University of Chicago Legal Forum

Article Title

Bringing Up the Bodies


Allow me to begin with a scene from one of my favorite novels of the last twenty years. The novel is Hilary Mantel’s Bring Up the Bodies, 1 the second in her award-winning trilogy of historical novels about Thomas Cromwell and King Henry VIII.2

By the start of Bring Up the Bodies, King Henry VIII has had his first marriage annulled and is now married to Anne Boleyn. Indeed, Anne Boleyn is pregnant, and the king is optimistic about a male heir. But the king already has eyes on Jane Seymour, and when Anne Boleyn miscarries, the king is determined to rid himself of her. This proves easier said than done, until the king and Cromwell hatch a plan to show Anne has been unfaithful. By the end of the novel, Anne Boleyn has been arrested, as have several of her suspected lovers. They are to be tried for treason. And it is only here, in the last pages of the novel, that the meaning of the novel’s title becomes clear. Here is the line: “The order goes to the tower, ‘Bring up the bodies.’”3 In the wording, it is as though the prisoners are already just that, bodies, dead men walking. It seems an afterthought that their names are added: “The order goes to the tower, ‘Bring up the bodies.’ Deliver, that is, the accused men, by name, Weston, Brereton, Smeaton, and Norris, to Westminster Hall for trial.”4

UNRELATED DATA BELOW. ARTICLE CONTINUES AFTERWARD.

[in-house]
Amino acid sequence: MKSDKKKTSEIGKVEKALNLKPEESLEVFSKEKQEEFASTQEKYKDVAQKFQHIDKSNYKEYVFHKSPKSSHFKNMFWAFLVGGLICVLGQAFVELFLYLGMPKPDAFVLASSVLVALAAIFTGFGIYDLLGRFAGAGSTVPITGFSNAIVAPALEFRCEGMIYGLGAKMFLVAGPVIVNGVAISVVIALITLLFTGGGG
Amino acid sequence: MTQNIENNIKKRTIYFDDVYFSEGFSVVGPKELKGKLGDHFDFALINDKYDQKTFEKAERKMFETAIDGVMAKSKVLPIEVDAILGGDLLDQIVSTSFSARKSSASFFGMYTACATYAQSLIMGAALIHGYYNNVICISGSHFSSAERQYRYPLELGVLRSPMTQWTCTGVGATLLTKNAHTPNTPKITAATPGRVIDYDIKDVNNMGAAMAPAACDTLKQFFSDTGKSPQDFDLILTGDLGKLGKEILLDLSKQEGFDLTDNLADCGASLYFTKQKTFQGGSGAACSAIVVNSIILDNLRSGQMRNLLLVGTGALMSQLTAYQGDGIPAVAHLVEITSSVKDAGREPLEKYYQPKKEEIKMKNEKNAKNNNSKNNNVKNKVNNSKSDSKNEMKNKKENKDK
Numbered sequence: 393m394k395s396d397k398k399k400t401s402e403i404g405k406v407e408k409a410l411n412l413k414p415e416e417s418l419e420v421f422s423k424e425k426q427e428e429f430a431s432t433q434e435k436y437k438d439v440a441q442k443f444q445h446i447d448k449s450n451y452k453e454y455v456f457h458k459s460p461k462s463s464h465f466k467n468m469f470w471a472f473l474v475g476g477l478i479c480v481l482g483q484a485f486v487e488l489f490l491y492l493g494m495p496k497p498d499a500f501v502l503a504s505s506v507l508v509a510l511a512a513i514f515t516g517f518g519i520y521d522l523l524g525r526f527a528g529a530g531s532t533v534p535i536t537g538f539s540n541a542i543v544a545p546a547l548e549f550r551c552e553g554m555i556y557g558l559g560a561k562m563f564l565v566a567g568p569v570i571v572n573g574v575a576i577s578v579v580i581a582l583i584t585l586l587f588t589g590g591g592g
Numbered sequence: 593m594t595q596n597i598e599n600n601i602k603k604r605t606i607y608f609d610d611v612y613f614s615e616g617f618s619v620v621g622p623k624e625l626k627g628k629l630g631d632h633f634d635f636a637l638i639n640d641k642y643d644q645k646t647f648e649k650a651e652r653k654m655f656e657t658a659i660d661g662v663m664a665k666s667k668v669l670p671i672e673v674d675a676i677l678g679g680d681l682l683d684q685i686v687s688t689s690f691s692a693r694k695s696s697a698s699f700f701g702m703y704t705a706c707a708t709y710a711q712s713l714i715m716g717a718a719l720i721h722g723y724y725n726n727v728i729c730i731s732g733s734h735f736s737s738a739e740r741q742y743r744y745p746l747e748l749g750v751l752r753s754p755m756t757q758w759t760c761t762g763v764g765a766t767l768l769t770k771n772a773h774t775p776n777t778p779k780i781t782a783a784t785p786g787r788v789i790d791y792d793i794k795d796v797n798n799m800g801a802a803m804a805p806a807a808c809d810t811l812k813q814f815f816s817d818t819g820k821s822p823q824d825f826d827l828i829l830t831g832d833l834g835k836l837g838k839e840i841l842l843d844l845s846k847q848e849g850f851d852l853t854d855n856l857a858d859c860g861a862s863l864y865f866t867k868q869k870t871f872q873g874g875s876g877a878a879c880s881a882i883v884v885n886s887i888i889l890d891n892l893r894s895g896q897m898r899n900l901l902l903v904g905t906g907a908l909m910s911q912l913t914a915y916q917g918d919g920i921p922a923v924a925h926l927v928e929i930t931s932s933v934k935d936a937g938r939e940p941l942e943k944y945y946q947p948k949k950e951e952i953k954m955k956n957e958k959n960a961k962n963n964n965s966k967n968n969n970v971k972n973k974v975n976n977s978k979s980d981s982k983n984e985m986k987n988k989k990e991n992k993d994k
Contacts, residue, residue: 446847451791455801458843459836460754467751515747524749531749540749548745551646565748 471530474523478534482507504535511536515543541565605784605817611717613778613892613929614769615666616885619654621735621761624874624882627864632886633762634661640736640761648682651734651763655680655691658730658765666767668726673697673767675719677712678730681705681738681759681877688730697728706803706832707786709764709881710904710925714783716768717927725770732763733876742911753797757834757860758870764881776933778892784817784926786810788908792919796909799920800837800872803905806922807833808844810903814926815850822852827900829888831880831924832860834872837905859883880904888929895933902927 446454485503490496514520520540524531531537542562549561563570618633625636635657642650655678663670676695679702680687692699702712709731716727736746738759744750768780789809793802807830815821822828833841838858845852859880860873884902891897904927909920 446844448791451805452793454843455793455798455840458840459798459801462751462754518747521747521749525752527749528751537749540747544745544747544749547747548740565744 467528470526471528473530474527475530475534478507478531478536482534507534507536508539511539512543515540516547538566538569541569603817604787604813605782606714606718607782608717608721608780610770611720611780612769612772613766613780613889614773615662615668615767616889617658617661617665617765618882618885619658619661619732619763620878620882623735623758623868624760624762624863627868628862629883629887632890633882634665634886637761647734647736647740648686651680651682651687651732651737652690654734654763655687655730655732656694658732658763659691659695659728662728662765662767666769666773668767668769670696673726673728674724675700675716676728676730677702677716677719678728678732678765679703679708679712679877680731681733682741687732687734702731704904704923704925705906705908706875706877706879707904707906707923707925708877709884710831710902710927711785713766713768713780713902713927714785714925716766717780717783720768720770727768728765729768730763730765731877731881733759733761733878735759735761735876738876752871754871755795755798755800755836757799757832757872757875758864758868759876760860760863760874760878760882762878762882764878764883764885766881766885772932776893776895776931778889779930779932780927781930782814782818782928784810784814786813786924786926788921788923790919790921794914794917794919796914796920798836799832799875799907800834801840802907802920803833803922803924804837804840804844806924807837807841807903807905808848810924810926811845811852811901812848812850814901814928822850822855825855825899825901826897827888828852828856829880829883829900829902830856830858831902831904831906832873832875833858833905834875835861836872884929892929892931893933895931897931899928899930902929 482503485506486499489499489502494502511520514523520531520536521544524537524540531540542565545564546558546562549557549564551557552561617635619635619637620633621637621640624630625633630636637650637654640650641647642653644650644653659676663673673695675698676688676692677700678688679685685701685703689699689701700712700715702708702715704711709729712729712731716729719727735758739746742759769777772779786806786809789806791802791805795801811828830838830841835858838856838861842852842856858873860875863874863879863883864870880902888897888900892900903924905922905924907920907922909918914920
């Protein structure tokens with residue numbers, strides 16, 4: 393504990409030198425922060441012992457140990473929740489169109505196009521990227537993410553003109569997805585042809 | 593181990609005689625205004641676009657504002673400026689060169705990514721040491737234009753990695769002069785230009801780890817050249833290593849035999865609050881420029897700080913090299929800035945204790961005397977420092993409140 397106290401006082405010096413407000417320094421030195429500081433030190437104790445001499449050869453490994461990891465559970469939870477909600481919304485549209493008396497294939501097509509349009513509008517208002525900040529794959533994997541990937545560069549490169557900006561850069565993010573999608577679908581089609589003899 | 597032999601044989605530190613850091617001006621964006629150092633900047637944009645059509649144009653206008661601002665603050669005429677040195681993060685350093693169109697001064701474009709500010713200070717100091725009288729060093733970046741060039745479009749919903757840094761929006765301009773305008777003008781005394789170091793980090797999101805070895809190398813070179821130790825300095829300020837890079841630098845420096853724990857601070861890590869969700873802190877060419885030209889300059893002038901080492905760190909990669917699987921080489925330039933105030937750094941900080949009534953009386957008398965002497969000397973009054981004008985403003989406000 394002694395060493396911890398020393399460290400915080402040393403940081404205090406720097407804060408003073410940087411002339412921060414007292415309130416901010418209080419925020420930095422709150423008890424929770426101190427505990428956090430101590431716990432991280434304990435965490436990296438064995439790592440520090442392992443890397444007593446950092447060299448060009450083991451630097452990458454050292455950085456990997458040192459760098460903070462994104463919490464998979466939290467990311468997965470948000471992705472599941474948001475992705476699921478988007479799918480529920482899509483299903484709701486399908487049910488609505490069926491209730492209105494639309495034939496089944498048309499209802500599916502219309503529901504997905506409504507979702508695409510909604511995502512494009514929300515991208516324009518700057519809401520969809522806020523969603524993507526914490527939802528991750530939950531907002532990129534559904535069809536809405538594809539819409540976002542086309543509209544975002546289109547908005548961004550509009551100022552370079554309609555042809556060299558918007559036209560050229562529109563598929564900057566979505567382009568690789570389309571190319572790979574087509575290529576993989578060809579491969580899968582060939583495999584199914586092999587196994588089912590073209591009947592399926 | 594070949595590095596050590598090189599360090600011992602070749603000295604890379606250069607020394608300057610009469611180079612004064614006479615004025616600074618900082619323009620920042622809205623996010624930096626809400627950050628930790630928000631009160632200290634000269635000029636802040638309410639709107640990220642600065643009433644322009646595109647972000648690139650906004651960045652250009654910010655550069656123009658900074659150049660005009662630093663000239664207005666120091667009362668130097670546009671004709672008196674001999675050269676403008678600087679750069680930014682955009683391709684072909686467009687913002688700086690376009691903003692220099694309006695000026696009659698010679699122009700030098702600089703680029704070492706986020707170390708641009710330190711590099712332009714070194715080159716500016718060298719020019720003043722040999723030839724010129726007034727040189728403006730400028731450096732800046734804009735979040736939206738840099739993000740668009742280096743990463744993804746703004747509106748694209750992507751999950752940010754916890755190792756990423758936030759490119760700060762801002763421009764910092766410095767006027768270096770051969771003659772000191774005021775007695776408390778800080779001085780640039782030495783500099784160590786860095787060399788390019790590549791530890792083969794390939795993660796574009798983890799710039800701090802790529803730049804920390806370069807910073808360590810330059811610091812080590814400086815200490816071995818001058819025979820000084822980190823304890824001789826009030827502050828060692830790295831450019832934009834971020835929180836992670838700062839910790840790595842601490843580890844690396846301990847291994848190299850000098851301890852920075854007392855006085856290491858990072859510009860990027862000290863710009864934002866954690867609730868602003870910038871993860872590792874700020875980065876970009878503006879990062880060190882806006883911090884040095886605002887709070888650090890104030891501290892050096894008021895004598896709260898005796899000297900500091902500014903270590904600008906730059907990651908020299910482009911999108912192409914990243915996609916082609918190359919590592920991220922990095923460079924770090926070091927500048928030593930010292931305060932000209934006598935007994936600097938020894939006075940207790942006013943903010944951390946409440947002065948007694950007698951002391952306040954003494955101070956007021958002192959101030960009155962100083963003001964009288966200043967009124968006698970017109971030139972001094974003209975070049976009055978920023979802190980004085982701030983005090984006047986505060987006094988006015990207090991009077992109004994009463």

I open with this scene—and have used the title of Mantel’s novel as inspiration for the title of this essay—because it captures so much of what I hope to explore in these pages. We are used to thinking of convicted men (and women) as merely bodies, known by their inmate numbers, dressed in identical prison garb to strip them of individuality. But what interests me, and what I hope to explore, is how we reduce defendants to bodies long before a verdict is announced. Or, since we have become a system of pleas, well before a plea of guilty is entered.

For some readers, the idea that defendants—in a system that constantly extols the presumption of innocence, no less—are treated as just bodies will come as little surprise. Recently, when I was describing this project to a former New York City public defender, and telling him about Hilary Mantel, he responded that detained pretrial arrestees are referred to as bodies still, at least in New York criminal courts. It’s not uncommon, he told me, for prosecutors, and even judges, to use the term.5 “Are the bodies here from Riker’s yet? Let’s hope they didn’t forget any of the bodies.”